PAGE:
Ridedatemiles/km Elev ft/mt
Namballe, Peru to San Ignacio, Peru2008-07-1328/454300/1327
San Ignacio to Tamborada2008-07-1645/731650/509
Tamborada to Bagua Grande via Bella Vista2008-07-1743/692034/628
Bagua Grande to Pedro Ruiz and by combi to Chachapoyas2008-07-1842/683600/1111
Chachapoyas to El Tingo2008-07-1923/37518/160
El Tingo to Kuélap by car2008-07-201/24000/1235
El Tingo to Leymebamba via Revash2008-07-2135/562332/720
Leymebamba to Celendín by potato truck2008-07-2289/144/0
Celendín to Cruz Conga2008-07-2321/342539/784
Cruz Conga to Cajamarca, Peru2008-07-2447/762122/655

Trujillo to Huancayo

The route from Trujillo to Huancayo is pretty standard (and fairly difficult) for bike tourists. You ride a little ways south on the Pan American Highway to 15km south of Chao, then turn into a private road, climb up to the Cañon del Pato, up to Huaraz, then either through the national park or around the paved road and over a 4700 meter pass, then through several ups and downs until Huánuco. From Huanuco it's pavement up and over Cerro de Pasco then to Huancayo. There´s an excellent elevation profile on showing this stretch.
Ridedatemiles/km Elev ft/mt
Cajamarca to Trujillo (by bus)2008-07-261/2/0
Trujillo to Chao, Peru2008-08-1642/681456/449
Chao to Chuquicara2008-08-1746/742500/772
Chuquicara to Camp 8km before Yuracmarca2008-08-1830/482063/637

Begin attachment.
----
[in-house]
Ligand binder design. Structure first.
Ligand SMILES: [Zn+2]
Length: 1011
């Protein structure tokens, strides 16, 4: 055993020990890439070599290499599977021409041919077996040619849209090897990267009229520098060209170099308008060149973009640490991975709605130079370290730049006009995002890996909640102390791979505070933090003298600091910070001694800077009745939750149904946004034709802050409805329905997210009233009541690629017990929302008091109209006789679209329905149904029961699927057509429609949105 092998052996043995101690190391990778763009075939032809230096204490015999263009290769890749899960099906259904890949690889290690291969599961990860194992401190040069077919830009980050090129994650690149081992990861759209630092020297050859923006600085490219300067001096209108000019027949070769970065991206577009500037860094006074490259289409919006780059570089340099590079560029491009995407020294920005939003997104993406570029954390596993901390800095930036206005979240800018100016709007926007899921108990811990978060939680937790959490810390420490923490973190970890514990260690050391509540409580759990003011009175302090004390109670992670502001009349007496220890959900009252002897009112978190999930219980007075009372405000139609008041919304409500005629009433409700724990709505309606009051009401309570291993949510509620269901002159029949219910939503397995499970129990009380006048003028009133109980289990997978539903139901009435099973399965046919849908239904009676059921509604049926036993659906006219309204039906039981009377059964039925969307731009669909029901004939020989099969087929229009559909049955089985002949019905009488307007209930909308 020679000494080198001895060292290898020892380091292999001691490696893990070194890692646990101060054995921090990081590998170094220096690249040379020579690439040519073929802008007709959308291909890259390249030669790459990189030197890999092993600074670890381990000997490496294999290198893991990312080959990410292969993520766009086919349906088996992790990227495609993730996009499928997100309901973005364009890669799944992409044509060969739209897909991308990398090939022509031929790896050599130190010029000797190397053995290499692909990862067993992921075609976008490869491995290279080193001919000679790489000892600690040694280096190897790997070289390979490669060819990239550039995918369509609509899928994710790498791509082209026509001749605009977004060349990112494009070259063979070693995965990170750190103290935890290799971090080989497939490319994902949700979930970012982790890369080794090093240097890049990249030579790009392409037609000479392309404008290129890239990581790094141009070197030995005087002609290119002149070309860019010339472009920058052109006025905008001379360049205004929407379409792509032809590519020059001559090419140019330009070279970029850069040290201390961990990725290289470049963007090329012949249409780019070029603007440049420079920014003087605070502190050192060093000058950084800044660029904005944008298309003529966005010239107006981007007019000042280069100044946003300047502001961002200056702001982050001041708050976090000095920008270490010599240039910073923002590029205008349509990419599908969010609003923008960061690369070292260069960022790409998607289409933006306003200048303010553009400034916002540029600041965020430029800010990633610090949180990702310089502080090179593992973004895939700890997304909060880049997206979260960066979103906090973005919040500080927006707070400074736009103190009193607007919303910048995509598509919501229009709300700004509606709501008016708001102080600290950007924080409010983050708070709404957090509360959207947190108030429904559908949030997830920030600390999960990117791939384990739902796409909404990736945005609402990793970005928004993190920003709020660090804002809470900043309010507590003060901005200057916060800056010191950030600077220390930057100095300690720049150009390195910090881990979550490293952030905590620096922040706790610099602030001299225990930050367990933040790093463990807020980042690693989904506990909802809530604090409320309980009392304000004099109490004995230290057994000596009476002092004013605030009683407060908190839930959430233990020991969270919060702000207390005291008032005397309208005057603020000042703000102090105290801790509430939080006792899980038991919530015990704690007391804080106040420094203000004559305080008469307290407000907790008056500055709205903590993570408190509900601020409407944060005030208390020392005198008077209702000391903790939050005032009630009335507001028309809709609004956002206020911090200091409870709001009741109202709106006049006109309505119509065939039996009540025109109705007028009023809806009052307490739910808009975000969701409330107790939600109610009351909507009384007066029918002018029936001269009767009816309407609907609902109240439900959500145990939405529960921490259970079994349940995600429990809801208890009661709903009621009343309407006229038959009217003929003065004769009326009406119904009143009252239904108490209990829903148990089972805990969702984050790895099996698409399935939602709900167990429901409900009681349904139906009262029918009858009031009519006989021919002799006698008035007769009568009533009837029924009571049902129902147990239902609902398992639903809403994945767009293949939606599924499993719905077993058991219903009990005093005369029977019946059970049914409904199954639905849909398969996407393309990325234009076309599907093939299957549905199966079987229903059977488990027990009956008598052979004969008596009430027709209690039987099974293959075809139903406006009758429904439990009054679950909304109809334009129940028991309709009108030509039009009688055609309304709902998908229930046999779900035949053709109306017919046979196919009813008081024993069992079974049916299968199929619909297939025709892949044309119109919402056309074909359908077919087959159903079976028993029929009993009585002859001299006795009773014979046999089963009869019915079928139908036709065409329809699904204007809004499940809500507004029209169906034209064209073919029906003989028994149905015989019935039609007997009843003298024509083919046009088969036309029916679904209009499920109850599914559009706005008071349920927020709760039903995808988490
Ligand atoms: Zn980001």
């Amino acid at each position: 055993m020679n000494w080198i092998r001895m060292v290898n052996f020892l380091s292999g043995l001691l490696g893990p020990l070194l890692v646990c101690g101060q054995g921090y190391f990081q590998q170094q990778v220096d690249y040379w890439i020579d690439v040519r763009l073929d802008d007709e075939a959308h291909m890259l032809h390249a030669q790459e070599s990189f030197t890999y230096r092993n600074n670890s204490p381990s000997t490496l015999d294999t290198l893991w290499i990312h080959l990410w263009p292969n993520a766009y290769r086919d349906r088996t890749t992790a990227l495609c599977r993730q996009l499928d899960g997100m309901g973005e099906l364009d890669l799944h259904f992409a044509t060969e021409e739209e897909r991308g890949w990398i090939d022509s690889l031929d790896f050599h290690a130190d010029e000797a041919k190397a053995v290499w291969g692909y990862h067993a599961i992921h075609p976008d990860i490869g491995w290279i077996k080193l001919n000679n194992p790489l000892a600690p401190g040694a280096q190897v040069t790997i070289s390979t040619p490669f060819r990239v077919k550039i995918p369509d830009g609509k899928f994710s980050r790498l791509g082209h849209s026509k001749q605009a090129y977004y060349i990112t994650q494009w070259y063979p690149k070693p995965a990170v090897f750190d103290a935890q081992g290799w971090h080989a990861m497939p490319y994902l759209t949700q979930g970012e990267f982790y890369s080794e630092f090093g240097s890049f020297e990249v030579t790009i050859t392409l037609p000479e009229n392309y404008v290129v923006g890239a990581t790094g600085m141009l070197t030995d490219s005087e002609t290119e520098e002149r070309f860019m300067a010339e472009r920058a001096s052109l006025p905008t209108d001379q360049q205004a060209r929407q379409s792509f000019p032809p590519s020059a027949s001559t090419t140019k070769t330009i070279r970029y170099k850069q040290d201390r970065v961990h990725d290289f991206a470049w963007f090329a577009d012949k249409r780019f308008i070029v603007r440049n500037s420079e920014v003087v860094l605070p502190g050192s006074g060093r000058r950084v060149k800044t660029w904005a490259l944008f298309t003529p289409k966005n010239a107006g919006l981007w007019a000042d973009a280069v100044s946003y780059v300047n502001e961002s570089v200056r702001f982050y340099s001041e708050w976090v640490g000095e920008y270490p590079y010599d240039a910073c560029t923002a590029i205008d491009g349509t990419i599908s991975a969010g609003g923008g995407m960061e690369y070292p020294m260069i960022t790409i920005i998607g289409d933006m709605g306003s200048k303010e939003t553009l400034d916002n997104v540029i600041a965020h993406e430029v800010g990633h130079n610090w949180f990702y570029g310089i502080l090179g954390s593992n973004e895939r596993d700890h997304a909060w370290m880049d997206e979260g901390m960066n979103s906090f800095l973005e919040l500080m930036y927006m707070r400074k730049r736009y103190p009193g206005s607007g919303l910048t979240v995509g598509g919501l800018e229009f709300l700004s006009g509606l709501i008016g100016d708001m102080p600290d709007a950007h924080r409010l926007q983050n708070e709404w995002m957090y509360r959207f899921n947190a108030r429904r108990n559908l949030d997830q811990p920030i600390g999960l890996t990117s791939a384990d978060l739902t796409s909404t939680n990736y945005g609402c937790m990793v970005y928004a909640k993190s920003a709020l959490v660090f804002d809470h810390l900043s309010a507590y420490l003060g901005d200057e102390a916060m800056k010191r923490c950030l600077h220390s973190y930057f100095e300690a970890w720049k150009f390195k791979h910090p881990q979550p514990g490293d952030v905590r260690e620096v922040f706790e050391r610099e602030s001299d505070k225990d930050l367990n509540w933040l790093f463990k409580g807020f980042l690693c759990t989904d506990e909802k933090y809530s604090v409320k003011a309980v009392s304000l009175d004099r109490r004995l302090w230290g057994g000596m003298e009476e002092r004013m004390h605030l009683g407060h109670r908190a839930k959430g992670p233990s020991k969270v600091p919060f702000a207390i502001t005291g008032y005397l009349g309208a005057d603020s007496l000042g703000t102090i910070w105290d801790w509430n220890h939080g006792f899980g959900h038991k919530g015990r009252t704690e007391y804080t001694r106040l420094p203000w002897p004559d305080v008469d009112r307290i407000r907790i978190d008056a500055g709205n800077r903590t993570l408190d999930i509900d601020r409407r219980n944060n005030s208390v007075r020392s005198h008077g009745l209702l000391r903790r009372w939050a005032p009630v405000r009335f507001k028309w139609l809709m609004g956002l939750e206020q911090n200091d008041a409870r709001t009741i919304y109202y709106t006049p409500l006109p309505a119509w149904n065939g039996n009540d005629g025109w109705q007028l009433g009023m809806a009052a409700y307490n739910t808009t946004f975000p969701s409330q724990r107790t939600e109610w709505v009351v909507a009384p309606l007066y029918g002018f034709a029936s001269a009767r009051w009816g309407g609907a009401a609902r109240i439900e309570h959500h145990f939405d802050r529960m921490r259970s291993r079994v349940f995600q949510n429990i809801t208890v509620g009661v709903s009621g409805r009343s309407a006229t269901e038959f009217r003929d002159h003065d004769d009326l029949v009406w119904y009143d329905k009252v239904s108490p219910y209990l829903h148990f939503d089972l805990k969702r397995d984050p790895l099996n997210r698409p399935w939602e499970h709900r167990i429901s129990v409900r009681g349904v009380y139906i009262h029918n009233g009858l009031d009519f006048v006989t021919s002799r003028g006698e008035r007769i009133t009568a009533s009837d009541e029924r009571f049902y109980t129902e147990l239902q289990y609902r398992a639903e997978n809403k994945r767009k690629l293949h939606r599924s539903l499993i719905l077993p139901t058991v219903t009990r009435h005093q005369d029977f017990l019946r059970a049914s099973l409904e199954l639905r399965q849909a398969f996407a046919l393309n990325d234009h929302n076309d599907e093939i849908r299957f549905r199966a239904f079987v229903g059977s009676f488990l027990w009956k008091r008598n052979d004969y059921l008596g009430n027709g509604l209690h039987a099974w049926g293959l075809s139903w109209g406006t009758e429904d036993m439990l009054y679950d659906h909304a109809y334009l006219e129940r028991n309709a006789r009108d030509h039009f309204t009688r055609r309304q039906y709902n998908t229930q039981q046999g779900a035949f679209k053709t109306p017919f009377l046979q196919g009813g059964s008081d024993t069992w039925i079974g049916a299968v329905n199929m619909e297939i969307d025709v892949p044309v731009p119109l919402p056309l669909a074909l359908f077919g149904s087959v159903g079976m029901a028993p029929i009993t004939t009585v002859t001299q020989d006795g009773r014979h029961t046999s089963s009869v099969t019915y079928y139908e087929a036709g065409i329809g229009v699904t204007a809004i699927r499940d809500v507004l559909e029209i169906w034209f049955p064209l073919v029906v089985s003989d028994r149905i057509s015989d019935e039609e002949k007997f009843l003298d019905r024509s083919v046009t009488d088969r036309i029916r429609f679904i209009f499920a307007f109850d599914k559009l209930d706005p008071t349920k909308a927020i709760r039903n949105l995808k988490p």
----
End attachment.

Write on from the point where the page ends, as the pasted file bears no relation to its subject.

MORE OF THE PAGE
Camp near Yuracmarca to Huallanca, Peru2008-08-1913/211794/554
Huallanca to Caraz, Peru2008-08-2025/402700/833
Caraz to Huaraz, Peru2008-08-2243/693600/1111
Huaraz to Cátac, Peru2008-08-2423/371800/556
Catac to Conococha2008-08-2529/472237/690
Conococha to Pachapaqui2008-08-2625/401978/610
Pachapaqui to Huallanca, Huánuco, Peru2008-08-2730/482405/742
Huallanca (Huánuco) to La Unión2008-08-2813/21190/59
La Unión to Tingo Chico2008-08-3020/321204/372
Tingo Chico to Chavinillo2008-08-3123/372270/701
Chavinillo to Huánuco, Peru2008-09-0145/731787/552
Huánuco to Huariaca2008-09-0443/693667/1132
Huariaca to Huancayo by car and bus2008-09-051/2/0

Huancayo to Lake Titicaca and the Bolivian Border

From Huancayo we took the dirt road through the canyon (Rio Mantaro) for 5 days to Ayacucho. Many people take the partly paved route over a high pass to Huancavelica instead. From Ayacucho we took a bus to Cusco - the dirt road from Ayacucho to Abancay is very difficult, and we were tired. From Cuzco there's just one pass and it's easy, then mostly things are flat to the Bolivian border. All paved, sometimes smooth and sometimes not.

Take a look at the excellent elevation profiles for this section on (only to cusco).
Ridedatemiles/km Elev ft/mt
Huancayo to Mariscal Cáceres2008-09-1349/792700/833
Mariscal Cáceres to Camp before Anco2008-09-1441/662083/643
Camp near Anco to Mayocc2008-09-1527/441456/449
Mayocc to Huanta, Peru2008-09-1620/322047/632
Huanta to Ayacucho, Peru2008-09-1730/482381/735
Ayacucho to Andahualas by bus2008-09-211/2/0
Andahuaylas to Cuzco by bus2008-09-221/2/0
Cuzco to Quiquijana2008-09-2944/71485/150
Quiquijana to Sicuani2008-09-3044/711824/563
Sicuani to Santa Rosa2008-10-0142/682677/826
Santa Rosa to Calapuja2008-10-0271/115593/183
Calapuja to Puno, Peru2008-10-0344/71869/268
Puno to Ilave2008-10-0735/561410/435
Ilave to Yunguyo2008-10-0849/792033/627
Yunguyo, Peru to Copacabana, Bolivia2008-10-097/11528/163